Now when I say “most difficult fish,” it might be best to rule out these babies. I’m also not talking about wreck permit suspended in 40 feet over structure, willing to fight each other for a live crab. No disrespect—that looks fun as hell and I’d love to do it someday. But that’s not what drives addicts around the world. It’s seeing large, robust permit—or thinking you can kinda see them maybe?—flashing over flats. Sometimes it’s easier to see their shadows than their prismatic flanks, which reflect their surroundings so vividly as to appear transparent.

You’ll hear that the permit in certain areas only eat mantis shrimp. In other spots within the same small, Central American nation, folks will say they only eat crabs. And not any crab, only one specific crab fly pattern in one of two colors. But not on days when there are clouds or bad vibes in the air.

On my permit adventure this March, six experienced anglers did not land a single one in five full days at the Blue Horizon Lodge in Southern Belize. Two of the fishermen were retirees who spend much of their time and savings on travelling the world alone to fish for permit. My buddy Travis hooked a really nice one on the first day, but it broke his hook with its muscular crab chompers nearly at the boat. By no means was the score due to a lack of fish; I personally probably saw more than 100, many of them with their grim reaper sickle tail flying above the surface as they hunted crabs among the coral bars.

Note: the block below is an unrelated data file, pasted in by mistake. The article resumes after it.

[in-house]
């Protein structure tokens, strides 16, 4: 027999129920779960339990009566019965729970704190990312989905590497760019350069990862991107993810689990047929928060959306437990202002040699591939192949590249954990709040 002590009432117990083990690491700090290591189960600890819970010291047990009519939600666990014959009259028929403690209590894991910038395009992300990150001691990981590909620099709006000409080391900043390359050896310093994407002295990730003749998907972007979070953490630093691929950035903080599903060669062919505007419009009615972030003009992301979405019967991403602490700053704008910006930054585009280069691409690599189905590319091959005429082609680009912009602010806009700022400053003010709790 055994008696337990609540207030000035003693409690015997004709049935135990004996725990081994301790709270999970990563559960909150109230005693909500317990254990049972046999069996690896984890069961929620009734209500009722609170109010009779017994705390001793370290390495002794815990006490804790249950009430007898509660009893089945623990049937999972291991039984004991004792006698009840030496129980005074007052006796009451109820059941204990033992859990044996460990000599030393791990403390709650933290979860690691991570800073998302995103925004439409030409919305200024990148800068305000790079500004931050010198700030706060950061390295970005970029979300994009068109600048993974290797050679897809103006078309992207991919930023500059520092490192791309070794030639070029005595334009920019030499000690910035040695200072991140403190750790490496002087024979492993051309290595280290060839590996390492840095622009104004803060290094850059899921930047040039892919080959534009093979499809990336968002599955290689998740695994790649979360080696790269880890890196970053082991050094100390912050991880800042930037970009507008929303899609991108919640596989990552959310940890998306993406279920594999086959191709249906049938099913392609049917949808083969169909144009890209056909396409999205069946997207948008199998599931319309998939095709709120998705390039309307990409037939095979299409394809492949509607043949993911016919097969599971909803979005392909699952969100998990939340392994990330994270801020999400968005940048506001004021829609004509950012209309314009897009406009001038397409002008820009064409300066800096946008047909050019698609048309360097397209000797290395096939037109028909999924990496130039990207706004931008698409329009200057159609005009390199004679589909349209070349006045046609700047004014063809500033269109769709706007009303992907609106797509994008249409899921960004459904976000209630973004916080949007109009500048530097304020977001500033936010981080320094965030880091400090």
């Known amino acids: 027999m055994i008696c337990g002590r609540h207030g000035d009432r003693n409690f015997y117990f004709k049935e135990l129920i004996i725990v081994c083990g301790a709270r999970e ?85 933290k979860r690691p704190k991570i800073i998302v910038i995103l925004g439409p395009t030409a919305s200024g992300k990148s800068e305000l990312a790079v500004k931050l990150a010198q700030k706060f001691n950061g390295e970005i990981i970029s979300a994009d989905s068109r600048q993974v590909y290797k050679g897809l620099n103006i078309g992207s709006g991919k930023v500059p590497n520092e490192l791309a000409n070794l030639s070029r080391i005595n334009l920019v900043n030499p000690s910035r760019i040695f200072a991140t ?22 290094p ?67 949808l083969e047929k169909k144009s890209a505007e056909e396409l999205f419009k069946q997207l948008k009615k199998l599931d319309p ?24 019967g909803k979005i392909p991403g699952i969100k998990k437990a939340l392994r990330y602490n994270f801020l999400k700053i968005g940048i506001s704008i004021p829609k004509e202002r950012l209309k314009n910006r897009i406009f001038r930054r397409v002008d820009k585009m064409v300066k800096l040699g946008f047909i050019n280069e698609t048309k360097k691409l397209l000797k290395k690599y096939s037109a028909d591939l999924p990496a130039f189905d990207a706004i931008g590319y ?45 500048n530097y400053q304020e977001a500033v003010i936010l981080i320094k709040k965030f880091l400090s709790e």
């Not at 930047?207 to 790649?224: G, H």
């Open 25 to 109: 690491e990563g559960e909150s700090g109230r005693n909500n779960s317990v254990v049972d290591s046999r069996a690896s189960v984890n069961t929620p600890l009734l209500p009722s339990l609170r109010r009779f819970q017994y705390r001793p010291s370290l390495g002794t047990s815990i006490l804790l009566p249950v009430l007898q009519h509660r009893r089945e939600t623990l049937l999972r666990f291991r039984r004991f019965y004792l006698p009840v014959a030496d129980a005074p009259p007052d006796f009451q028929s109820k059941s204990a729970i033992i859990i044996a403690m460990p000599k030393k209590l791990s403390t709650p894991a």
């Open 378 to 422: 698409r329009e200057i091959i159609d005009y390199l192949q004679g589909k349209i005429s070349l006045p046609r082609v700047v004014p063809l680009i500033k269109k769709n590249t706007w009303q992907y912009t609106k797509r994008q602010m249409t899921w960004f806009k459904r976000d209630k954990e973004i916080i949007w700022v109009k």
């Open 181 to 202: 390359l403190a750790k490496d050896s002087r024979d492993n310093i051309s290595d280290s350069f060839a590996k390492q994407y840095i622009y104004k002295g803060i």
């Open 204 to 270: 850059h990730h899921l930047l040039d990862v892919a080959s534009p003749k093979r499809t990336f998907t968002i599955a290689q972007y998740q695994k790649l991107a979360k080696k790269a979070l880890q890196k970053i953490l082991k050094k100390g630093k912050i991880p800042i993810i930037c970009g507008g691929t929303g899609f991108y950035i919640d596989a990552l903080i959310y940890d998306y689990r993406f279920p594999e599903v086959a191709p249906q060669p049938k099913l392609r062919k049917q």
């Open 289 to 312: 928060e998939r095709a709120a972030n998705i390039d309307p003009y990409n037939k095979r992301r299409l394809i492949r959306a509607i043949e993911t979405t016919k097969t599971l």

I’ll pacify myself by remembering the roaring wind, frequent rain, and pinballing barometer—undoubtedly unhelpful factors—but I’ll be haunted by the sneaking sense that somehow I could have done better. Fewer false casts, softer landings, allowing the fly to sink toward the grabby coral another few millisecond longer before stripping. I made easily two dozen shots that seemed right on the money, but the fish simply ignored or refused the offering. The only one that did grab spit the hook so fast that I barely pricked its nose on the strip-set. At least I know that I left everything on the field.

If you want to see for yourself, our friends at Waterworks-Lamson are currently giving away a permit trip to the Blue Horizon Lodge on Northeast Caye, Belize, along with a set of their new saltwater series fly rods and reels. MeatEater is also giving away a big, badass set of 13 Fishing rods and reels that were used filming our latest show, B-Side Fishing. Enter to win here.

I walked away convinced by the cliché that Trachinotus falcatus is the world’s most difficult sportfish. But some folks will tell you that in reality, the toughest is actually the common carp.